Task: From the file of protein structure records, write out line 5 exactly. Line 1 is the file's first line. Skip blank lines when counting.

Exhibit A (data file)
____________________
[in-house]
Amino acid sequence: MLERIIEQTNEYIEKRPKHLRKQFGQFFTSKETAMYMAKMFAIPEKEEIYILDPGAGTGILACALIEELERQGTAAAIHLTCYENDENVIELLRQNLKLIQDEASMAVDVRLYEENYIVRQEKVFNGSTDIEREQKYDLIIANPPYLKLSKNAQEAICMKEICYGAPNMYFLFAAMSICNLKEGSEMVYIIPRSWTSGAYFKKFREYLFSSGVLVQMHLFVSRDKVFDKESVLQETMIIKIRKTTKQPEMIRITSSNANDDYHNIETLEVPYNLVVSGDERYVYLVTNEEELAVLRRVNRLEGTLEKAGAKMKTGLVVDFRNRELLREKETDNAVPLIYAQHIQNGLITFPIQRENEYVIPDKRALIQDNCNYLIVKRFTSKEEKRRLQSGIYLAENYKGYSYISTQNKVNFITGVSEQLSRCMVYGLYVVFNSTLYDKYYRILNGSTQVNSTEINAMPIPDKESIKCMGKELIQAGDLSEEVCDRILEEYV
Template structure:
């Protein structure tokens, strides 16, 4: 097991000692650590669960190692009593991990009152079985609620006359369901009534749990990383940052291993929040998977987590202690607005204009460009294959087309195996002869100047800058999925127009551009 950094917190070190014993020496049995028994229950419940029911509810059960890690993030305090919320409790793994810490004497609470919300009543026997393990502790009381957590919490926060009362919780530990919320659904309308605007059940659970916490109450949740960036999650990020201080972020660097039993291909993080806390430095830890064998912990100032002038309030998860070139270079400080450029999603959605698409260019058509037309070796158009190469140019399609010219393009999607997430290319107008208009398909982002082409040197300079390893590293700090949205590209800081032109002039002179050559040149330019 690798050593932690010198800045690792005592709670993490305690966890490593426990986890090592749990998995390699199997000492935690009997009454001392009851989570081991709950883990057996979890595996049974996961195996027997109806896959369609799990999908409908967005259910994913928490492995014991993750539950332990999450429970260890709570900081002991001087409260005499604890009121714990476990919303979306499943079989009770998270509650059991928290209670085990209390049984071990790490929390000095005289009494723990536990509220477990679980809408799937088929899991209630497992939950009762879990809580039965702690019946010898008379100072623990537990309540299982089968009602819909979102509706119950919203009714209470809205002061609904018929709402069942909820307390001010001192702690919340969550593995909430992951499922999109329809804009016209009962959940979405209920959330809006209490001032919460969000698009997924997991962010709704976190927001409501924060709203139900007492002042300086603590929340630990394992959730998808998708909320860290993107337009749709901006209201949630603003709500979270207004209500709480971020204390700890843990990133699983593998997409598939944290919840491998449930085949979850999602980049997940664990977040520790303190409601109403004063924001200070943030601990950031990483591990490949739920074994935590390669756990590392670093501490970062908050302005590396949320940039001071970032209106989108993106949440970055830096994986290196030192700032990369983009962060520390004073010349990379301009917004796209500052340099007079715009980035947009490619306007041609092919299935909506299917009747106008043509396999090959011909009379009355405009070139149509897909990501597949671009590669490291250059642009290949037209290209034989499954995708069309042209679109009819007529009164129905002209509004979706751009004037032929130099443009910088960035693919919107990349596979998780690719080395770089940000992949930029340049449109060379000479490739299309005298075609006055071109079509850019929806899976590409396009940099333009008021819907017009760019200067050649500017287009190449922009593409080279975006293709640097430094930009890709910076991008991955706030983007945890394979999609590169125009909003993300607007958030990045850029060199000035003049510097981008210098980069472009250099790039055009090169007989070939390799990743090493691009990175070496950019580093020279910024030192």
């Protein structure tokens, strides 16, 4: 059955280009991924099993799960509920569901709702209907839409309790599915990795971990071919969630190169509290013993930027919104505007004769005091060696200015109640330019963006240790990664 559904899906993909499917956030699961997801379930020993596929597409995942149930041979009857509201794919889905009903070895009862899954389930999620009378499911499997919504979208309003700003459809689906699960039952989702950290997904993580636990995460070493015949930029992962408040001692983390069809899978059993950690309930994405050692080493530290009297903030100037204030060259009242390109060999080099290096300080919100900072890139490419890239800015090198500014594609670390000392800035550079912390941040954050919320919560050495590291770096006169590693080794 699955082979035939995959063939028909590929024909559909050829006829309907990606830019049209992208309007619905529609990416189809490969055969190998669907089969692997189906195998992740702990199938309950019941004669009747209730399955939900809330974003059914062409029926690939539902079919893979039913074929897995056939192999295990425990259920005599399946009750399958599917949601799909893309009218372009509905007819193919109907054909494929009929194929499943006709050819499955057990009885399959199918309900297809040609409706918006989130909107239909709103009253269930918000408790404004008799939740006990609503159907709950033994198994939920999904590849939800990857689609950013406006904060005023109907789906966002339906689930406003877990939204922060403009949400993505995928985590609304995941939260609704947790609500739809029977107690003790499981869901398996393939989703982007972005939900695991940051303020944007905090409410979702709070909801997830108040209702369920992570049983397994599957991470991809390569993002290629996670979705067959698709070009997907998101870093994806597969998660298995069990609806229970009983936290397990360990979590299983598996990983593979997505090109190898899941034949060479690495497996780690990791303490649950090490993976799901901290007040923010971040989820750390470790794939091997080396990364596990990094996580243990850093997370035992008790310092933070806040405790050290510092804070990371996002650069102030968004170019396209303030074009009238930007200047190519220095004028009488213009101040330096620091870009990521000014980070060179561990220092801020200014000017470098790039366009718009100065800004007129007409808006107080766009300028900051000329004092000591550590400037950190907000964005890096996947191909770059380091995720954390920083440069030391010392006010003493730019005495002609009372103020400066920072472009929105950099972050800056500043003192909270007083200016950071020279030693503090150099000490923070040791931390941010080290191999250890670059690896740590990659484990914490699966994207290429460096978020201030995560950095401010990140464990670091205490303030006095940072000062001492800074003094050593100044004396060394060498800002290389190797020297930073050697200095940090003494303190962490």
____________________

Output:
């Protein structure tokens, strides 16, 4: 059955280009991924099993799960509920569901709702209907839409309790599915990795971990071919969630190169509290013993930027919104505007004769005091060696200015109640330019963006240790990664 559904899906993909499917956030699961997801379930020993596929597409995942149930041979009857509201794919889905009903070895009862899954389930999620009378499911499997919504979208309003700003459809689906699960039952989702950290997904993580636990995460070493015949930029992962408040001692983390069809899978059993950690309930994405050692080493530290009297903030100037204030060259009242390109060999080099290096300080919100900072890139490419890239800015090198500014594609670390000392800035550079912390941040954050919320919560050495590291770096006169590693080794 699955082979035939995959063939028909590929024909559909050829006829309907990606830019049209992208309007619905529609990416189809490969055969190998669907089969692997189906195998992740702990199938309950019941004669009747209730399955939900809330974003059914062409029926690939539902079919893979039913074929897995056939192999295990425990259920005599399946009750399958599917949601799909893309009218372009509905007819193919109907054909494929009929194929499943006709050819499955057990009885399959199918309900297809040609409706918006989130909107239909709103009253269930918000408790404004008799939740006990609503159907709950033994198994939920999904590849939800990857689609950013406006904060005023109907789906966002339906689930406003877990939204922060403009949400993505995928985590609304995941939260609704947790609500739809029977107690003790499981869901398996393939989703982007972005939900695991940051303020944007905090409410979702709070909801997830108040209702369920992570049983397994599957991470991809390569993002290629996670979705067959698709070009997907998101870093994806597969998660298995069990609806229970009983936290397990360990979590299983598996990983593979997505090109190898899941034949060479690495497996780690990791303490649950090490993976799901901290007040923010971040989820750390470790794939091997080396990364596990990094996580243990850093997370035992008790310092933070806040405790050290510092804070990371996002650069102030968004170019396209303030074009009238930007200047190519220095004028009488213009101040330096620091870009990521000014980070060179561990220092801020200014000017470098790039366009718009100065800004007129007409808006107080766009300028900051000329004092000591550590400037950190907000964005890096996947191909770059380091995720954390920083440069030391010392006010003493730019005495002609009372103020400066920072472009929105950099972050800056500043003192909270007083200016950071020279030693503090150099000490923070040791931390941010080290191999250890670059690896740590990659484990914490699966994207290429460096978020201030995560950095401010990140464990670091205490303030006095940072000062001492800074003094050593100044004396060394060498800002290389190797020297930073050697200095940090003494303190962490």